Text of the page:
A stratagem can be followed that will assist healing. The blood flow to the leg is greater when the person is lying down or sitting with his legs up than when he is on his feet or sitting in the usual manner. This is because gravity tends to hold the blood down in the leg and resists its return to the heart. When a person is walking, the muscles of the legs are pumping the blood in the veins back to the heart. The veins of the legs have special one-way valves inside them to facilitate this pumping action. When the leg is elevated, the effect of gravity is cancelled, and the total blood flow to the leg is increased.
If the larger blood vessels (iliac arteries) in the pelvis are affected by atherosclerosis, the person will frequently notice that the pain that he feels when he walks is located in the thighs rather than in the calves. For men, another frequent symptom of blockage in this location is the loss of the ability to have an erection. The process of erection is dependent upon an increased flow of blood into the penis. The artery that supplies this blood is a branch of the iliac vessels.
The ultimate problem that can occur with this condition in the legs is the development of gangrene. This death of tissue caused by inadequate blood flow results in part of the toe or the entire leg turning black. The process usually starts in the toes, and it is frequently immediately preceded by an infection or injury of the tissue in the area. If the blockage is extensive, the gangrene may progress to involve the entire foot or part of the leg. When the disease has progressed to this point, amputation is the only recourse.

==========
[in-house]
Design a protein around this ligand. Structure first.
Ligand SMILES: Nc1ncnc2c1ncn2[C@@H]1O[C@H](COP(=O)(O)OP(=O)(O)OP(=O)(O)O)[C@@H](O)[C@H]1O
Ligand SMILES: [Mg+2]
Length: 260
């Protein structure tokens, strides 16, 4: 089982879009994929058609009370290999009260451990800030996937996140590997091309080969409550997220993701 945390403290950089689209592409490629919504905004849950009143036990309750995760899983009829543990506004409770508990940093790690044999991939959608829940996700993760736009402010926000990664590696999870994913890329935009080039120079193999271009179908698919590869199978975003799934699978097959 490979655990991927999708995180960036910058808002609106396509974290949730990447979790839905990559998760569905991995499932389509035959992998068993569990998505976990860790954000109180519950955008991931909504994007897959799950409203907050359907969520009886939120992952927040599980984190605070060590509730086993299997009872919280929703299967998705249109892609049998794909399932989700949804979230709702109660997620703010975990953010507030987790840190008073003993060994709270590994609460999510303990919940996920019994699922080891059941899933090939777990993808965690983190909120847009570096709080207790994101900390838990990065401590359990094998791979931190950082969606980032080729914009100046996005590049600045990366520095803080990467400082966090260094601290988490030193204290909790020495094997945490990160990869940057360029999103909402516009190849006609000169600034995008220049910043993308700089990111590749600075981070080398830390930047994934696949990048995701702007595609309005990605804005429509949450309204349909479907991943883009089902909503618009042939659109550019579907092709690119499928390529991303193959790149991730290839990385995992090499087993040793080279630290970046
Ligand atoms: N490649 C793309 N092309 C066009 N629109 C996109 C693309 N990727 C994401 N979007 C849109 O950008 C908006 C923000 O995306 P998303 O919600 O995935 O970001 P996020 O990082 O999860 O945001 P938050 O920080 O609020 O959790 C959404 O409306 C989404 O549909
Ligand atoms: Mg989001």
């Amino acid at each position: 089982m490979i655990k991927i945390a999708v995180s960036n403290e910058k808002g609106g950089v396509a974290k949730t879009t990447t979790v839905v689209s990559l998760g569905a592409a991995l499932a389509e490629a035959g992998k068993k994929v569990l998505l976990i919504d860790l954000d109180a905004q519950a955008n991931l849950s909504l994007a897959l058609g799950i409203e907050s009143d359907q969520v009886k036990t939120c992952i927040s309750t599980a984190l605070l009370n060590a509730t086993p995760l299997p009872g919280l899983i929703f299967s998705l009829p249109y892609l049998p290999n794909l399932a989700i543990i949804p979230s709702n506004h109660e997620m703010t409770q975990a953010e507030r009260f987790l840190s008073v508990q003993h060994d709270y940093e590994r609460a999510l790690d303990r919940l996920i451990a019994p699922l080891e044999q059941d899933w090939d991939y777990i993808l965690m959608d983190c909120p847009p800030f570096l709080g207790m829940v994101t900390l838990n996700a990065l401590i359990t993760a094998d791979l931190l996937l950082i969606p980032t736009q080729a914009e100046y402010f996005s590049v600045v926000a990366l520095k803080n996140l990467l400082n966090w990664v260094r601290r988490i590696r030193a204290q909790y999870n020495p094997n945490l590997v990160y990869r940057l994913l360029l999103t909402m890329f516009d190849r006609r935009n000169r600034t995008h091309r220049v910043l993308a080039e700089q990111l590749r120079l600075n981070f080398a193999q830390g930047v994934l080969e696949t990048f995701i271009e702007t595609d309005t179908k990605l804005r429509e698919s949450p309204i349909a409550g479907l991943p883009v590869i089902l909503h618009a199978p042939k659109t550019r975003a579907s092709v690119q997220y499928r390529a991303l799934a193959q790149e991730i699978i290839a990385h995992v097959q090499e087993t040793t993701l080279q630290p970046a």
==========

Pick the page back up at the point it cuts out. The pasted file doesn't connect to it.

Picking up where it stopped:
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ATHEROSCLEROSIS OF LEG’S ARTERIESThe most common location for atherosclerosis, other than in the heart, is in the arteries that feed the legs. Blood leaving the heart flows into the large aorta, which carries blood to all parts of the body. As the aorta passes down into the abdomen, it divides into two large iliac arteries that supply the pelvis and the legs. When the iliac arteries enter the thighs, their name changes to femoral arteries. The femoral arteries then branch into smaller and smaller vessels that eventually supply the feet and toes. Any of these blood vessels can be affected by atherosclerosis, from the largest (the aorta) to the smallest arteries in the feet.Arteriosclerosis obliterans is the medical name applied to inadequate blood supply to the legs. The process can also occur in the arms, but does so infrequently. The main symptom that develops in the legs is pain, particularly in the calves, when the person is walking or running. The reason for this is simple. When a person walks or runs, the muscles of his legs are exercising and require more blood flow to supply food and oxygen to the muscles. The heart beats faster and more blood is pumped through the arteries. Just as the heart produces the pain of angina pectoris if it does not get an adequate blood supply during exercise, the leg muscles cause pain if they are getting insufficient blood supply. When the disease process becomes more advanced, the pain in the legs may become constant, occurring even at rest. At this stage, walking is practically impossible.Another symptom that may be noticed is coldness of the legs and feet, or pain in the legs and feet when they are exposed to cold. For this reason, the afflicted person may keep his feet covered with extra stockings. They may appear very red, or even bluish, when the person is standing or sitting. Another common finding is the disappearance of hair on the feet and toes and slow growth of the toenails.A mistake is commonly made at this point. Feeling cold in the feet and legs, people frequently wrap their legs with hot water bottles, hot towels or heating pads. The mistake is the application of heat, because the skin and other tissues are easily damaged by outside heat, and it is very easy to “cook” the tissue.The subject of damaged tissue introduces the next problem. People with inadequate blood supply to the legs do not heal as fast as normal, because the process of healing requires blood flow. If a blister develops on the foot, or if the toe is cut when the nails are trimmed, or if athlete’s foot develops, healing will be considerably delayed. Extra care is therefore necessary to avoid wounding these tissues and to prevent infection.A stratagem can be followed that will assist healing. The blood flow to the leg is greater when the person is lying down or sitting with his legs up than when he is on his feet or sitting in the usual manner. This is because gravity tends to hold the blood down in the leg and resists its return to the heart. When a person is walking, the muscles of the legs are pumping the blood in the veins back to the heart. The veins of the legs have special one-way valves inside them to facilitate this pumping action. When the leg is elevated, the effect of gravity is cancelled, and the total blood flow to the leg is increased.If the larger blood vessels (iliac arteries) in the pelvis are affected by atherosclerosis, the person will frequently notice that the pain that he feels when he walks is located in the thighs rather than in the calves. For men, another frequent symptom of blockage in this location is the loss of the ability to have an erection. The process of erection is dependent upon an increased flow of blood into the penis. The artery that supplies this blood is a branch of the iliac vessels.The ultimate problem that can occur with this condition in the legs is the development of gangrene. This death of tissue caused by inadequate blood flow results in part of the toe or the entire leg turning black. The process usually starts in the toes, and it is frequently immediately preceded by an infection or injury of the tissue in the area. If the blockage is extensive, the gangrene may progress to involve the entire foot or part of the leg. When the disease has progressed to this point, amputation is the only recourse.*42/309/5*